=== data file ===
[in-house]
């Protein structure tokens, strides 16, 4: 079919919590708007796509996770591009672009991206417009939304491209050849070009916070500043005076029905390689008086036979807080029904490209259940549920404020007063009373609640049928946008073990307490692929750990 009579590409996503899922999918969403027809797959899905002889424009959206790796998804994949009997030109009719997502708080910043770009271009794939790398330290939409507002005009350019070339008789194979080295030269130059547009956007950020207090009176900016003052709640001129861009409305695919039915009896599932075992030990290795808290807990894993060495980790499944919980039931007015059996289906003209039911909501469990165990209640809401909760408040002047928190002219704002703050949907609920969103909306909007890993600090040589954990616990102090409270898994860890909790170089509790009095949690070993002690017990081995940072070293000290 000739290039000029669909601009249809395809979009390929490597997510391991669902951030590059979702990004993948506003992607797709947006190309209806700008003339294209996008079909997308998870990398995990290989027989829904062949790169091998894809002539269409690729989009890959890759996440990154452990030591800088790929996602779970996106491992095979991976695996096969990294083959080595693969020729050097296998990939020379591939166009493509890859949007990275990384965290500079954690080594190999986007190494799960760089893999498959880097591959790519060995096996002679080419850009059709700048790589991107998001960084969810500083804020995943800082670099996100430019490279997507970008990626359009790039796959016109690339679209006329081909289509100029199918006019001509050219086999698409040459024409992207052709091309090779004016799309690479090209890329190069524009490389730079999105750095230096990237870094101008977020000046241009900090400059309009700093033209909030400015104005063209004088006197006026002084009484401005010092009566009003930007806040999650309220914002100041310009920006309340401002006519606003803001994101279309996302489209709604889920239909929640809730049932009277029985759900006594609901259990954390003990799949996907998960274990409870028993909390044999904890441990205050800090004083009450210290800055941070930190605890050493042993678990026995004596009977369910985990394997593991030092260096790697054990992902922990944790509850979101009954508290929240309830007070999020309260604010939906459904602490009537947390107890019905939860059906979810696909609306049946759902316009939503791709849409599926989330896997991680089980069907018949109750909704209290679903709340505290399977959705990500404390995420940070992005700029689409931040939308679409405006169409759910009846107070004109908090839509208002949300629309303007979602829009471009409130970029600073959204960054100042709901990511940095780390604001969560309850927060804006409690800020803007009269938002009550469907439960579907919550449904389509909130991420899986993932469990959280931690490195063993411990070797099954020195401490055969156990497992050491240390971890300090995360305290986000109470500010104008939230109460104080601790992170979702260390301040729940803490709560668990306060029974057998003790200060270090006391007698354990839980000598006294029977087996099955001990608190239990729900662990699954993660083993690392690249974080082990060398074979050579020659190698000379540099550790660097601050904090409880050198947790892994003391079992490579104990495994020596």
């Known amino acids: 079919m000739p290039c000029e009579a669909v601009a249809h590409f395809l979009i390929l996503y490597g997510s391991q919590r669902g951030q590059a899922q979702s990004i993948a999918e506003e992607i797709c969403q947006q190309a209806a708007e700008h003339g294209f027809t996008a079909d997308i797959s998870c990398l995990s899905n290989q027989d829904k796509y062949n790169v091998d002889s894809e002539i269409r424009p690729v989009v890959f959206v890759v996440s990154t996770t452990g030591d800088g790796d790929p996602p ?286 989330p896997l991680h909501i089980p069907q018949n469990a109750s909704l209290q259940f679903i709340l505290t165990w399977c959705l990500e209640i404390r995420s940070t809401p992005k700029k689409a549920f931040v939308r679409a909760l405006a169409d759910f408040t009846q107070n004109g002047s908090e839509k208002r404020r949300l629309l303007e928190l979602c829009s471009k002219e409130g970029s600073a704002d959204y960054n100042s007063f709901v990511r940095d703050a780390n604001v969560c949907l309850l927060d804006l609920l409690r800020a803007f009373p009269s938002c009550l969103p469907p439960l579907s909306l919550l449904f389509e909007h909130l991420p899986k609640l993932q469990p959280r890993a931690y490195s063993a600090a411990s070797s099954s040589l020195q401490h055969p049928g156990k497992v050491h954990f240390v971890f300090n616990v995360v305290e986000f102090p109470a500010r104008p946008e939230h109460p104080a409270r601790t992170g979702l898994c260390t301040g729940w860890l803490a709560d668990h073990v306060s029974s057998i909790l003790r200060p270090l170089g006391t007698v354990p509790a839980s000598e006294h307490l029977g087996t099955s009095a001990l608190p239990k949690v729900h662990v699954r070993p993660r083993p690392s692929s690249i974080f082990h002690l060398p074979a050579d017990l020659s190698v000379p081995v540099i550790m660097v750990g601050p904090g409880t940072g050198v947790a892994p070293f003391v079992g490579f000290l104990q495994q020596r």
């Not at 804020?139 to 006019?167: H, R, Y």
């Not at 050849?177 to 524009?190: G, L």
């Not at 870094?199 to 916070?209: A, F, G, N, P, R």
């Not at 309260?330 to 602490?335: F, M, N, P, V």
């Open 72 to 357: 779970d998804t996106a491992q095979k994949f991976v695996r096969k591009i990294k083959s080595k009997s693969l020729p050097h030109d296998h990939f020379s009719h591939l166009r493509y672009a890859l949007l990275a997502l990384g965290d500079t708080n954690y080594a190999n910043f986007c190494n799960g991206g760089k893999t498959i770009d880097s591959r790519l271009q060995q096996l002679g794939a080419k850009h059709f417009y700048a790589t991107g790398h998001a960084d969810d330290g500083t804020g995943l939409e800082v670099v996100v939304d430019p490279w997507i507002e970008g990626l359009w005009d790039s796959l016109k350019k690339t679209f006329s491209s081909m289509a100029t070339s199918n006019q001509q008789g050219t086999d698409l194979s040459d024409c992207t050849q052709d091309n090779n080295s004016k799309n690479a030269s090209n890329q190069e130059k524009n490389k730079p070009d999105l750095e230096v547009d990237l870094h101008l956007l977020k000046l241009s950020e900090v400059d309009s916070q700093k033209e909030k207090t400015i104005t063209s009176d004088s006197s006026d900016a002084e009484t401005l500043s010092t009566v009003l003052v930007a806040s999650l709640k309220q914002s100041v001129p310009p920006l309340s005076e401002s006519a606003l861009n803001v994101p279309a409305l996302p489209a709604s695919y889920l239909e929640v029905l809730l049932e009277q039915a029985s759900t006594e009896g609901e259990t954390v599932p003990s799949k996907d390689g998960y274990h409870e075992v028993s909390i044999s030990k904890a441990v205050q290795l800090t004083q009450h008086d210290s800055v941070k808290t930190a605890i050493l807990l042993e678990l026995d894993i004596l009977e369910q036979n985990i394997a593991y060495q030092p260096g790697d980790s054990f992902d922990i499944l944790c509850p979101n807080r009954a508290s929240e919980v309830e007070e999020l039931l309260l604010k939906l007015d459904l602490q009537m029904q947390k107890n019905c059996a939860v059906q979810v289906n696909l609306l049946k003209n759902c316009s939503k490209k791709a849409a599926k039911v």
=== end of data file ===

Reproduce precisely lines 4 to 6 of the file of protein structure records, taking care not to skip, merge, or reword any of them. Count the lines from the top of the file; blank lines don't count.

């Not at 804020?139 to 006019?167: H, R, Y």
């Not at 050849?177 to 524009?190: G, L």
């Not at 870094?199 to 916070?209: A, F, G, N, P, R």